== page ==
Jade awoke from a fitful rest and panted in the hot thin air. Her time was limited and she was fading. She had prayed her whole life to the GreatOne, for rain, for a good hunt, for rest, for the Ardens season, for the living season, for the end of the white season, but never had her need and longing for the help of the GreatOne been so strong. Never had she prayed so passionately and so genuinely for anything. Please GreatOne save my kits, bring me back to them, let them survive. I have lost kits before I could birth them and now will I lose them again? Please, I beg! Save my kits! They are not old enough alone! If they survive the creatures with the thunder how will they eat in the white seasons reign? Jade cried a vixen's wail and sat back on her haunches giving everything she had into this cry. She collapsed with fever as her echoing plea floated through the thick air, disappearing somewhere into the heavens.
. . .
Hunter stopped dead in his tracks. He heard a fox calling as if for a mate. It was nowhere near the white season, and there was much distress in the cry. This meant the vixen was injured, and that he had found food. Hunter followed the echoes of the wail and sniffed the air for the scent of blood and fox. He slowed his pace as the scent became stronger, if the vixen was injured but still able to bite and claw, she was dangerous. His gaze barley left the ground, but something caught his eye, a tree had been torn, as if the GreatOne had slashed it with lightning, but it was not burned. This meant the thunder in the sunlight had been here. He was sickened with the thought of those creatures, but there was no need for his appetite, the kits must be fed. The scent was overpowering now, the vixen must have been caught up in the thunder and escaped, but not unscathed.
He stopped in a clearing and sniffed. There was no sign of the vixen apart from her scent. He gazed at the tree line atop the cliff and listened. The rasping of fevered breath came from a gathering of stones at the bottom of the cliff. He knew this place, there was once an opening there, the den where he was raised. The wear of the seasons had thrown stones in front of the mouth and blocked it off.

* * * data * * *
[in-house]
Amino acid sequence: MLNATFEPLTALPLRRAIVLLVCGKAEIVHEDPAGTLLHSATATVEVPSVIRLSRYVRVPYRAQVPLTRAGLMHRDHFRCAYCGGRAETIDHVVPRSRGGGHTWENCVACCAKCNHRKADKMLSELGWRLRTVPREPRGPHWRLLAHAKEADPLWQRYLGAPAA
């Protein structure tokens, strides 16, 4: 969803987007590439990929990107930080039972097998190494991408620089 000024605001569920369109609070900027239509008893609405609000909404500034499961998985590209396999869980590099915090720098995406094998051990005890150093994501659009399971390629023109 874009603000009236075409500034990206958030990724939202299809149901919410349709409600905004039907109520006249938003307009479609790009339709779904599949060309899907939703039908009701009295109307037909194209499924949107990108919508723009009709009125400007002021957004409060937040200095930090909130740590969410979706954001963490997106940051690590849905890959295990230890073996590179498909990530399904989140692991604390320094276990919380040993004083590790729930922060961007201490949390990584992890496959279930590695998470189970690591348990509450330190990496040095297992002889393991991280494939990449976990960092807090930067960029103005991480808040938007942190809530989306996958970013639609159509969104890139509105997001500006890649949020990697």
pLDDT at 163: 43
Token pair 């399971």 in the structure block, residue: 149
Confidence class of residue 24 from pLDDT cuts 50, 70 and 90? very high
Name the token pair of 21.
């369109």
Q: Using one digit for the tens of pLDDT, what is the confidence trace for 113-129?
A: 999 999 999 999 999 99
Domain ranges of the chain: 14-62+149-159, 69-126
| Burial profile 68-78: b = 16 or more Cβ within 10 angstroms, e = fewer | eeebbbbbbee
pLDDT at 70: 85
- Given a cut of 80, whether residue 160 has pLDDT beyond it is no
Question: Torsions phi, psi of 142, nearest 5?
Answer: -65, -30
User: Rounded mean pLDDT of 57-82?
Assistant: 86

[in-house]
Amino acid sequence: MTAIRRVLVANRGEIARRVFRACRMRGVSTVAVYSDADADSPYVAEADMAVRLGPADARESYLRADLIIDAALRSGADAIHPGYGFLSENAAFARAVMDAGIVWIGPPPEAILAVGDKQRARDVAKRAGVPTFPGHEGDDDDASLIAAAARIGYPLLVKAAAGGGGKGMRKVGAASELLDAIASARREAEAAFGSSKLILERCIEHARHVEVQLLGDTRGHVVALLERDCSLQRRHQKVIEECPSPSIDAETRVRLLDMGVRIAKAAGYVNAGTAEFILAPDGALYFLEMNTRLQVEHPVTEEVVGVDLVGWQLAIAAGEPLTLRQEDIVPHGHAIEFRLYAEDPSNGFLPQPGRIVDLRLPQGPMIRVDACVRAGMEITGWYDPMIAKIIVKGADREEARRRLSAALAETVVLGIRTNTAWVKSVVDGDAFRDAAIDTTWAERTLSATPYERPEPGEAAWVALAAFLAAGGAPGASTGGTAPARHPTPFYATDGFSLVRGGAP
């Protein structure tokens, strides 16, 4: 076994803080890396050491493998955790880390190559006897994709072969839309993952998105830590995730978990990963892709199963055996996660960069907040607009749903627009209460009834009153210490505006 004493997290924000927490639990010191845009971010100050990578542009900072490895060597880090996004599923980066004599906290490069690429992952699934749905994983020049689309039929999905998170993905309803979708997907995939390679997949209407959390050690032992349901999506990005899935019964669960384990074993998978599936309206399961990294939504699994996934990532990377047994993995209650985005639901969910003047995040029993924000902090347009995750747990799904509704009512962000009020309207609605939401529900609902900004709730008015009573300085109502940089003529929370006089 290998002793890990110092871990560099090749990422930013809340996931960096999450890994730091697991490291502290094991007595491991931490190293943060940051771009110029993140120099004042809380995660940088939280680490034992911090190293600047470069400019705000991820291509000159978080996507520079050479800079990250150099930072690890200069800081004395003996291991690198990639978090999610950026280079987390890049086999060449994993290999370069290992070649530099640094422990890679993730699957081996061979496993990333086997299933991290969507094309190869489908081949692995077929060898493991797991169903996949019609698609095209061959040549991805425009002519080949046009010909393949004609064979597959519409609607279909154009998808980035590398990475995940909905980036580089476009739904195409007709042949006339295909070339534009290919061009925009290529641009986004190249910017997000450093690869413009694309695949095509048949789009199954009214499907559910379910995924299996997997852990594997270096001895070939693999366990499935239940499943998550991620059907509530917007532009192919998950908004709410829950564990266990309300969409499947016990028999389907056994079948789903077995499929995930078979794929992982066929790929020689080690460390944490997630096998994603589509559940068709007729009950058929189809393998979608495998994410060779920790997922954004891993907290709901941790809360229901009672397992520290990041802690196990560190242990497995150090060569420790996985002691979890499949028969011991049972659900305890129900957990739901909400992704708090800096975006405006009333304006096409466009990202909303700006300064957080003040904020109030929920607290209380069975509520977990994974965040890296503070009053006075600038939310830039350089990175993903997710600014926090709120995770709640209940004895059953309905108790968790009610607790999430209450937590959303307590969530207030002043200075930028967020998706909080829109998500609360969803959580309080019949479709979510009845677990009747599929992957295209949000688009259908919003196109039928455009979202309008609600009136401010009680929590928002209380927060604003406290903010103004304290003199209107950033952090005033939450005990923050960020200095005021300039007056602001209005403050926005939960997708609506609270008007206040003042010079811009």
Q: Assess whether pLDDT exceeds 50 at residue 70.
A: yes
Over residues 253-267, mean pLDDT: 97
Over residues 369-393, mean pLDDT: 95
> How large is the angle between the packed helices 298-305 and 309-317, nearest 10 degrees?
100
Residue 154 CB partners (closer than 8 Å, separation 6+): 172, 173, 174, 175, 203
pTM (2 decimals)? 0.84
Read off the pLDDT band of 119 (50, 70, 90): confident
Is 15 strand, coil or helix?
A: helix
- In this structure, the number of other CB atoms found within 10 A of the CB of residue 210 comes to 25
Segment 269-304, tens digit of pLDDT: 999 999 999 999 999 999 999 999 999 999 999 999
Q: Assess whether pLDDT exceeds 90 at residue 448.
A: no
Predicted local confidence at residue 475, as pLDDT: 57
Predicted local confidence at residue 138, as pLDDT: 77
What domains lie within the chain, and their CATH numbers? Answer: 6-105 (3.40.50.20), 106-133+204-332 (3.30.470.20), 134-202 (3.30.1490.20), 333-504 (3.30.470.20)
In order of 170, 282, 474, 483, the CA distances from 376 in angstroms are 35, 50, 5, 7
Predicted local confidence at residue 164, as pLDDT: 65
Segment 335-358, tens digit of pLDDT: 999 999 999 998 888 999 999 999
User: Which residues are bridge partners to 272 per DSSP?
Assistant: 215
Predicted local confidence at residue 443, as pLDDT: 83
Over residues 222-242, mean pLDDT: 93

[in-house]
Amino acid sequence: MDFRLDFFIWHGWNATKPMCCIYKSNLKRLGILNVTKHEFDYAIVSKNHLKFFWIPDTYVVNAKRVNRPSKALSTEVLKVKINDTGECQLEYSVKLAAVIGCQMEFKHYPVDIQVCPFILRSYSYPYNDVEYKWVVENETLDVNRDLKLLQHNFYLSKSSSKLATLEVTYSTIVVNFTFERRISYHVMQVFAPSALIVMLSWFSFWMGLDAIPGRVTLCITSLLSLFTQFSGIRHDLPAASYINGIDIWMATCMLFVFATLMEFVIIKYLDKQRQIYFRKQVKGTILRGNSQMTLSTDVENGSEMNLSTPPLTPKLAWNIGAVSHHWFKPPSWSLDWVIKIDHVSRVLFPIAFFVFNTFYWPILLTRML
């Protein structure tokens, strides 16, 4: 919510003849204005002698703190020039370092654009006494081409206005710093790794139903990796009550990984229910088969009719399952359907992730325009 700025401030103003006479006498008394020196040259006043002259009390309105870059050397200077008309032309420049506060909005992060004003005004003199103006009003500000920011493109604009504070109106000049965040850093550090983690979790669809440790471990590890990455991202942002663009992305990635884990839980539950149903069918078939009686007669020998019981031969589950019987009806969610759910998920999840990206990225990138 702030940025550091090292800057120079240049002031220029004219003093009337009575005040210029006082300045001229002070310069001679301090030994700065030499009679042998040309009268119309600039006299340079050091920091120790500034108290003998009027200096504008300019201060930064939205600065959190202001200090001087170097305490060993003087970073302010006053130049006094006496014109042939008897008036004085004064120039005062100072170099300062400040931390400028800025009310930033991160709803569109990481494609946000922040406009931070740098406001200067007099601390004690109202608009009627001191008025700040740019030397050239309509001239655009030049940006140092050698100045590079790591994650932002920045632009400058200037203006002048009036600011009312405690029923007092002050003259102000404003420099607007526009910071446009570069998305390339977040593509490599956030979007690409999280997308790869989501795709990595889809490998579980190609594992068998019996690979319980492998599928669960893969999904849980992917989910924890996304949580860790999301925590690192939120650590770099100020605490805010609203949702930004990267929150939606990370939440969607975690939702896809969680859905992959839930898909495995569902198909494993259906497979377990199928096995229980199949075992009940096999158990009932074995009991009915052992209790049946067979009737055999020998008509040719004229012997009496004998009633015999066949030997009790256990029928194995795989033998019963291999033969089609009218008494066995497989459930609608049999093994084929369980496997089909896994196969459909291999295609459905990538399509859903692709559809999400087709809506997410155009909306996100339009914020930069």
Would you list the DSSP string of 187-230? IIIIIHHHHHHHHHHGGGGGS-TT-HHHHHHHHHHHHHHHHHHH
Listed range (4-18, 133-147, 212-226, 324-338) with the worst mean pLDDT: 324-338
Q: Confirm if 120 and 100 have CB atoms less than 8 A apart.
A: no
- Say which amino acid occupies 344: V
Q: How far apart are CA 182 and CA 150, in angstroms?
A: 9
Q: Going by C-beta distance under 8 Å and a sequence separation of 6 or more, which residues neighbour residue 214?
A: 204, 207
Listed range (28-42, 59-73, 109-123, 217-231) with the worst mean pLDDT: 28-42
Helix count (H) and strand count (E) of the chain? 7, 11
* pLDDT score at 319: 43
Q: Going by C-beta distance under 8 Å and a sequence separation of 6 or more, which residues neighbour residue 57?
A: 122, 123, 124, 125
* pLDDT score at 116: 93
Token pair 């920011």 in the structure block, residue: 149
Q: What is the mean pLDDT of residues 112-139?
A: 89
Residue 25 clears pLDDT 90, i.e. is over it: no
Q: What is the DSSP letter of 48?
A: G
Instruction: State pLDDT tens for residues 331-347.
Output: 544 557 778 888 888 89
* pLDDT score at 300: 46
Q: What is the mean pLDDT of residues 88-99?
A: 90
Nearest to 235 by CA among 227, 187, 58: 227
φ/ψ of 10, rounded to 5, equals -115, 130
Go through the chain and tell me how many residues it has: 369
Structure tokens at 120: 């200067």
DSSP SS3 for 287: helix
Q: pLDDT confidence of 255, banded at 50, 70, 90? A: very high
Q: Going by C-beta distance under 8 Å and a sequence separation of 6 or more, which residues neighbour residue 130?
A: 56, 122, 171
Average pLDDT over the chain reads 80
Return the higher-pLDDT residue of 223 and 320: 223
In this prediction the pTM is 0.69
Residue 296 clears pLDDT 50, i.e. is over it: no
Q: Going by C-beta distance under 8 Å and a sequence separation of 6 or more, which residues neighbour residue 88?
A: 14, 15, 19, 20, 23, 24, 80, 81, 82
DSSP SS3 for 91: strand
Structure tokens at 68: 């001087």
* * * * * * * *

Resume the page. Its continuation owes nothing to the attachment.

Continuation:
The rasping came again and Hunter followed the sound to the stone pile. He realized the vixen must have been trapped when the stones fell and was too small to dig her way out, or too weakened. He cautiously stood on his hind legs and nudged the top most stone away, and then another and another until there were only a few left. He saw his vixen lying in the dirt, bloody and barley breathing. Hunter stepped forward into the den and opened his jaws around the fox's throat. He tightened his grip on her but something threw him off. Hunter caught the scent of the kits on her fur. He stepped back in shock. Their mother!
He knew he couldn't harm the mother of the kits, much less feed her to them. The GreatOne had favored him, the GreatOne had given Hunter his mate and pups back again. Though nothing could replace Claire and their pups, he would not be so forlorn now, not so lost. He looked to the sky and thanked the GreatOne, then grasped the scruff of Jade's neck and carried her from the den.
. . .
Jade woke from her feverish sleep and was nearly sick from the motion of the trees, she unclenched her teeth to fight against the wolf that was carrying her like a kit, but she realized at any moment he could take her life and that she was too weak to fight either way. She closed her burning eyes and sighed, she was thankful to the GreatOne that this wolf had saved her, but wary of his jaws around her neck, and of his intentions.
. . .
Hunter carried the vixen into the den, and laid her amongst her kits. Her body twitched and she jumped, sniffing the air, tilting her head in disbelief. He watched longingly as the kits reunited with their mother, and she cleaned and nuzzled them. He thought of Claire, of her beauty and her way with the parvus . He backed away from the den; Jade turned her bright eyes toward him and whined. Before he could think anymore of this vixen and her kits he dragged a branch in front of the mouth so that she could not leave with them while he hunted.
He was quick to leave the kits and their mother; he wished no longer to see Claire's face on another's body. Hunter closed his eyes and tilted his head to the sky. The sun shone relentlessly down upon him, not caring that his mate was taken four great seasons ago in this forest under its shine. The sun only cared that each day must pass, so that another may begin. Hunter wished the sun to blacken and let him despair, let him mourn.
. . .